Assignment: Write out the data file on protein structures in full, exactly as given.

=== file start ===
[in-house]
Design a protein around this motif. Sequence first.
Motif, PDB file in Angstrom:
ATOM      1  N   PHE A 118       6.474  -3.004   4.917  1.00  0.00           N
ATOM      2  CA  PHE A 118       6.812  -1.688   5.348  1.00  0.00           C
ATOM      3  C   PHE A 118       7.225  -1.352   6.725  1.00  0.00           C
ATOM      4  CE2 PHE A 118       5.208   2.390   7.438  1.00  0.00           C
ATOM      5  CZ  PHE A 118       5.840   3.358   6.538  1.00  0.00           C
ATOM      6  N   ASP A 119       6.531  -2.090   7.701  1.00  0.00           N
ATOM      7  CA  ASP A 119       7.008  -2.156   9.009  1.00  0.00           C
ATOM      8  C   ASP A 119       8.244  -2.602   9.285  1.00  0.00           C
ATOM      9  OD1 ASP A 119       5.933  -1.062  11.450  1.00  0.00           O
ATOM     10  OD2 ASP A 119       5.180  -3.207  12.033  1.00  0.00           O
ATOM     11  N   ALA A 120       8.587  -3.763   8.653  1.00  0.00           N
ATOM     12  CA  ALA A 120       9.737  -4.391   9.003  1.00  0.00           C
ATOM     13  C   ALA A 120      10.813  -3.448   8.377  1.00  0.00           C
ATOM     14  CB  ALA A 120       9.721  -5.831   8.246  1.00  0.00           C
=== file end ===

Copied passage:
[in-house]
Design a protein around this motif. Sequence first.
Motif, PDB file in Angstrom:
ATOM      1  N   PHE A 118       6.474  -3.004   4.917  1.00  0.00           N
ATOM      2  CA  PHE A 118       6.812  -1.688   5.348  1.00  0.00           C
ATOM      3  C   PHE A 118       7.225  -1.352   6.725  1.00  0.00           C
ATOM      4  CE2 PHE A 118       5.208   2.390   7.438  1.00  0.00           C
ATOM      5  CZ  PHE A 118       5.840   3.358   6.538  1.00  0.00           C
ATOM      6  N   ASP A 119       6.531  -2.090   7.701  1.00  0.00           N
ATOM      7  CA  ASP A 119       7.008  -2.156   9.009  1.00  0.00           C
ATOM      8  C   ASP A 119       8.244  -2.602   9.285  1.00  0.00           C
ATOM      9  OD1 ASP A 119       5.933  -1.062  11.450  1.00  0.00           O
ATOM     10  OD2 ASP A 119       5.180  -3.207  12.033  1.00  0.00           O
ATOM     11  N   ALA A 120       8.587  -3.763   8.653  1.00  0.00           N
ATOM     12  CA  ALA A 120       9.737  -4.391   9.003  1.00  0.00           C
ATOM     13  C   ALA A 120      10.813  -3.448   8.377  1.00  0.00           C
ATOM     14  CB  ALA A 120       9.721  -5.831   8.246  1.00  0.00           C